Istanbul terror attack had nothing to do with reconciliation with Israel
Just a brief comment on Tuesday night's triple suicide bombing at Istanbul's Ataturk Airport in which at least 36 people were killed and 147 injured (I saw a number that had over 200 injured a short while ago).
Although Israel and Turkey supposedly 'reconciled' earlier this week, I can guarantee you that last night's terror attack had NOTHING to do with that. Although there were Israeli diplomats present
in the airport at the time (they escaped injury), the planning for this type of attack takes weeks and months. The fact that it took place a day after the announcement of an Israeli-Turkish rapprochement is nothing but coincidence.
Labels: Islamic State, Islamic terrorism, Istanbul, Turkey
It's Travel Day!
Greetings to all of you from Boston's Logan Airport where once again it is a travel day.
This might be my most relaxing time the entire trip as both of my connections this time are short.
I will try to post, but boarding is in 15 minutes, so it may not happen.
I will be back in Israel on Thursday afternoon Israel time.
Labels: personal stuff, travel
French immigrant to Israel explains why he returned to France
In a Facebook post in French, Alexandre Kassel, a young French Jew who immigrated to Israel from Paris' swanky 19th arrandissemente explains why he returned to France
I'll be honest, the first few weeks [in Israel] and even the
first few months were a dream. Discovering a new country, especially a
special country like Israel and its new culture is a real opportunity.
But soon I realized that I didn’t come just to sightsee and had to start
building my life [in Israel] as well. That's when the wine turned sour,
the apple revealed its worm, the carriage became a Cinderella pumpkin,
and Israel, as Melissandre (a character in “Game of Thrones”), withdrew
her magic necklace and revealed herself in her ugliest nakedness.
begin with the weather…10 months out of 12, you can beg it to give us a
bit of the good old Parisian gloom, so we can feel a little of the
melancholy of the poets from our rich French literature, a little gray
depression that blends perfectly with our Ashkenazi genes. Oh no! Day
after day, week after week, the sun insisted to bring our morale up…It's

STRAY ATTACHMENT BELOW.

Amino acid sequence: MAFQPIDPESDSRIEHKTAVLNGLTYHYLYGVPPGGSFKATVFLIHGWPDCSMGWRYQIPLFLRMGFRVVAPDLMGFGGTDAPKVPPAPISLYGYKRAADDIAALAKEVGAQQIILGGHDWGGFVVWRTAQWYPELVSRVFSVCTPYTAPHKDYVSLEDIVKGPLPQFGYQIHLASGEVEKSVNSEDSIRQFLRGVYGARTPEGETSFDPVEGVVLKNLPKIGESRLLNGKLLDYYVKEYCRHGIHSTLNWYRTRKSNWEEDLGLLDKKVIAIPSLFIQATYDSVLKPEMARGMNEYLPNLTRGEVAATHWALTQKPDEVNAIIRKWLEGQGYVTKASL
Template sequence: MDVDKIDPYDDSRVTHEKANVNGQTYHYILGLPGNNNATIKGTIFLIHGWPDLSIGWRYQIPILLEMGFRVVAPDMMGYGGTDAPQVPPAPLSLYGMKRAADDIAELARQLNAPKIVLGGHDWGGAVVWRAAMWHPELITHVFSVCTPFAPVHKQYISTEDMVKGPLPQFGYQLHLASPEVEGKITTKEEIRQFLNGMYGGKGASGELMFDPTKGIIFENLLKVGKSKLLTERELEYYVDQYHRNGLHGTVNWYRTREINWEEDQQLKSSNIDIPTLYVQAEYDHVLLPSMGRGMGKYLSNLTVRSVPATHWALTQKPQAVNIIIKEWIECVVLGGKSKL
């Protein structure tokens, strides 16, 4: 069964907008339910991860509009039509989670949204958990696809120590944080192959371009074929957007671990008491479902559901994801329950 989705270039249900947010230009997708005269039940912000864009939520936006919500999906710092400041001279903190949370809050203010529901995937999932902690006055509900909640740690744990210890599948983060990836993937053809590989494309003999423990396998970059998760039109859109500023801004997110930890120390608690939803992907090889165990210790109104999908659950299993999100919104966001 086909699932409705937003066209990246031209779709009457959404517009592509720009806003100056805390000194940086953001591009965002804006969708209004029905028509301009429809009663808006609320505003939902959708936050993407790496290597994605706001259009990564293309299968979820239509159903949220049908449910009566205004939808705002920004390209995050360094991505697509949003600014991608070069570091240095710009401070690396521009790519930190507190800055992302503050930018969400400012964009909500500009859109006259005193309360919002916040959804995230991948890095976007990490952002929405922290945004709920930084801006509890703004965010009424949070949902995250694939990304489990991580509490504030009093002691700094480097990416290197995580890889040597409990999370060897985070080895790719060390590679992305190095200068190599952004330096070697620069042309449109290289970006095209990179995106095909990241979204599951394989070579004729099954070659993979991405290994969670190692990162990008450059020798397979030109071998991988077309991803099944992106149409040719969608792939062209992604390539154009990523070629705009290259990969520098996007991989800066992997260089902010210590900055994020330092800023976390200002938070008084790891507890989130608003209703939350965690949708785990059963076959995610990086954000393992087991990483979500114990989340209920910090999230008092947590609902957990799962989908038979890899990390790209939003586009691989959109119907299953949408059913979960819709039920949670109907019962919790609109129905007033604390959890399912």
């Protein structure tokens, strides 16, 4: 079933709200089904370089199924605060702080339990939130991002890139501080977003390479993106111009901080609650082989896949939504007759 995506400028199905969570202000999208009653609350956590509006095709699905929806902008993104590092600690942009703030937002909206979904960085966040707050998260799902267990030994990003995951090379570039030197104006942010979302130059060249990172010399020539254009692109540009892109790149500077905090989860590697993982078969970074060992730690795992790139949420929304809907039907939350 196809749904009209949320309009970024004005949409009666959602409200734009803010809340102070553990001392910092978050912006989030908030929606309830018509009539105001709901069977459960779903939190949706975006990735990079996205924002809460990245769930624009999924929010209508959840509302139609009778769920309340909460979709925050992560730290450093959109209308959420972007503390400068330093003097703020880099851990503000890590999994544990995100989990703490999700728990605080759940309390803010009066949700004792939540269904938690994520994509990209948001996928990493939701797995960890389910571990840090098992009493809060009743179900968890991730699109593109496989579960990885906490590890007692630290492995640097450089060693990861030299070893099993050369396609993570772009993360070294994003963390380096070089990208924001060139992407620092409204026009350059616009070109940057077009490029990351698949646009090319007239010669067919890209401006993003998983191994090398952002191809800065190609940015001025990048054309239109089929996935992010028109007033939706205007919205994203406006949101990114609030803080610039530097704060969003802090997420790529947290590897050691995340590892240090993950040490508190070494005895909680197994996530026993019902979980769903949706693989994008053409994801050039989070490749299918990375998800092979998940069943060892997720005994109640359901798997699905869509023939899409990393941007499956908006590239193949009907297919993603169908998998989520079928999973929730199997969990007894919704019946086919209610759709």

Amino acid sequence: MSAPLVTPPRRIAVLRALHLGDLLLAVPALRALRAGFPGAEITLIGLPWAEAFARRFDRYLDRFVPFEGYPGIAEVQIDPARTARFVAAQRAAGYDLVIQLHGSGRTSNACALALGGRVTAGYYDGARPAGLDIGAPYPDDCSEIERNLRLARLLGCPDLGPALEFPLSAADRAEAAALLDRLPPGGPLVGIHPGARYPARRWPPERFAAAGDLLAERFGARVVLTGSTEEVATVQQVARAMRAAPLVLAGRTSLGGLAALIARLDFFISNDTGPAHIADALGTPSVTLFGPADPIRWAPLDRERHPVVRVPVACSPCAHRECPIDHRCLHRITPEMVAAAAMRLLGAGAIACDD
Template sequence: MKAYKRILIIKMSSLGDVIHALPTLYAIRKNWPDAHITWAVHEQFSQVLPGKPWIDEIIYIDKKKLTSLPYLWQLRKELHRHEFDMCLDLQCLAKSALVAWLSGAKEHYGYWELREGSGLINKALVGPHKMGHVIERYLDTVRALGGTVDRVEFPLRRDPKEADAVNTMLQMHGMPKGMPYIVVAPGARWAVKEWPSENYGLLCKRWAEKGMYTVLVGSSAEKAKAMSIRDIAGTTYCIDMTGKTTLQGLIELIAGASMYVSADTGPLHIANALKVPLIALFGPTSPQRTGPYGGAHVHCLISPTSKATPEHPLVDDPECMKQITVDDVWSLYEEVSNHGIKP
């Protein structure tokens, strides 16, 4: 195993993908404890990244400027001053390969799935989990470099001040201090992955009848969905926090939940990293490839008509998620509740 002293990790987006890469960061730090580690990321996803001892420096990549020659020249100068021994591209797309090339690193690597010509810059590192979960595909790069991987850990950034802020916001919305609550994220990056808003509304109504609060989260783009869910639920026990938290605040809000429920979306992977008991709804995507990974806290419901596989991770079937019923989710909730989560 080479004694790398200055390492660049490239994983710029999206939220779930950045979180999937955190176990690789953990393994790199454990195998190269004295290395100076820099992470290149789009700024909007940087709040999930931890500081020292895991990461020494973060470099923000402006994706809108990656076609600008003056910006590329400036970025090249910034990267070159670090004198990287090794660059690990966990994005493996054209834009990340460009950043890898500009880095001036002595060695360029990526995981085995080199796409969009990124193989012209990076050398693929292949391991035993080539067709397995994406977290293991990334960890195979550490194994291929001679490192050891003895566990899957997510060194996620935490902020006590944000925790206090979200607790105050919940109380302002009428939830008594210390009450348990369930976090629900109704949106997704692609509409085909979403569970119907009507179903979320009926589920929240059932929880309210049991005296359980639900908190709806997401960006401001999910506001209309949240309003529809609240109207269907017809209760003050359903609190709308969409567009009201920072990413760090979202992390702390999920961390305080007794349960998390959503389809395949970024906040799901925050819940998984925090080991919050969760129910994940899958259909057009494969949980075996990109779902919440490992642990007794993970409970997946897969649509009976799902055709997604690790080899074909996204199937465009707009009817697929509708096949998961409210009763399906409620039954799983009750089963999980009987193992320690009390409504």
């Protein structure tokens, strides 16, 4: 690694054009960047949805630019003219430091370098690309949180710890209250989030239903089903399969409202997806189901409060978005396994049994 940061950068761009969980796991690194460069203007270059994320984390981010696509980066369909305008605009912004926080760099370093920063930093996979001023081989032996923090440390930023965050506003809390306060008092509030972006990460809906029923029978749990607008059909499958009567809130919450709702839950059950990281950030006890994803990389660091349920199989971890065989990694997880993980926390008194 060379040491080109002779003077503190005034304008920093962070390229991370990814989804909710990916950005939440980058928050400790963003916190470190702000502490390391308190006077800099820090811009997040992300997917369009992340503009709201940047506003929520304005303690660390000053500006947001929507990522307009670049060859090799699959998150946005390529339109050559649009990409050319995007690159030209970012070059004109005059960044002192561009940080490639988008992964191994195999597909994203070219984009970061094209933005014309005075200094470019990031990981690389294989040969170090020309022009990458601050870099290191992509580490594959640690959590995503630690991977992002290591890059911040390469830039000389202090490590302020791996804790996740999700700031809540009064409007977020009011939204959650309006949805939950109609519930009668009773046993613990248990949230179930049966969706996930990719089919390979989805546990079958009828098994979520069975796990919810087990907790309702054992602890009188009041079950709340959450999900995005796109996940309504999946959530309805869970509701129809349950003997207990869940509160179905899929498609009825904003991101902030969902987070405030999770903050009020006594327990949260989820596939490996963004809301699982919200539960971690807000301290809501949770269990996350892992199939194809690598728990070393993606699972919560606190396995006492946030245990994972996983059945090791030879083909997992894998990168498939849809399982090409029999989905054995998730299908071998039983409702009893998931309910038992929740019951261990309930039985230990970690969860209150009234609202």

like living in the world of the Teletubbies and Care Bears. Every
morning when leaving, the black coat purchased from a Paris boutique
gave me an unbearably taunting look.
Outside, as in
Paris, I proudly wore the skullcap on my head. It took me a moment to
realize that something was wrong. I realized that…Oh misery...no one was
giving me acidic looks. I walked in the street, anonymous, as a member
of the whole population, [and] the yarmulke was no longer an object of
attention but naturally blended into the landscape. Do you have an idea
how hard it is to become a Mr-all-the-world once you’ve been used to
being the target of all the bitterness within one kilometer?
the Israelis do not stop at that! Not only did they not hate me, but
they all told me that I was their friend, or worse—their brother. You
know that in Israel, no one uses the family name or "Sir." Either they
call you by your first name, or you are jovially called "brother" as if
you did not even have a first name.
Under the blazing
daily sun, how do you not pine for the refreshing coolness of French
politeness? How do you not pine for the natural distance that all
citizens put between them, giving everyone the privilege, perhaps
illusory, of being a stranger in their own country? (I understood that
it's worthwhile to be a stranger in France.)
the first difficulties, but I did not give up and went forward by
beginning my studies in a secondary school deemed the toughest in
Israel: The Technion in Haifa. Having had a relatively easy schooling, I
needed tougher challenges.
To my amazement, when I saw
how my friends stayed in France to face the walls of intolerance, with
crucial exams falling on a Saturday (Shabbat) or a [Jewish] holiday
without alternatives, the Technion proposed a program that made it
ridiculously easy to avoid taking examinations on those days. The only
difficulty allowed to be imposed on us is the high level of education.
besides, it's crazy there at the Technion and in industry. Instead of
respecting the principle of inertia by resting on their laurels and
wallowing in existential immobility, as France knows to do so well, they
(Israelis) have only one word in their mouths:
Innovate….[and] "innovate more" and then continue…
in Israel, we don’t know the beautiful and pleasant feeling of going for
a coffee or to the theater while the country crumbles around us. They
(Israelis) understand nothing of life.
And worse, you
know, when we talk about Israel on television, it’s like living in an
open, actual-size Call of Duty. The truth is that walking down the
street in Israel is rather like child’s play. Certainly there are
attacks, but otherwise it feels even too safe. No one has to spy out of
the corner of one’s eye to find bands of scum and figure out how to pass
by with the least damage. No, we just walk straight like idiots
directly towards our goal.
Heck! There was a school just
next to my home, where the kids are Jews and there's not a single damn
soldier. What kind of life is it where Jewish kids do not need an army
to be left to live?? You tell me.
But you know what? When
a bloody attack does happen, there are headlines in the local
newspapers the next day such as “A TERRORIST committed an attack and
killed lots of Israelis." Yes do not worry, there are also some
journalists justifying the act, but this does not prevent them from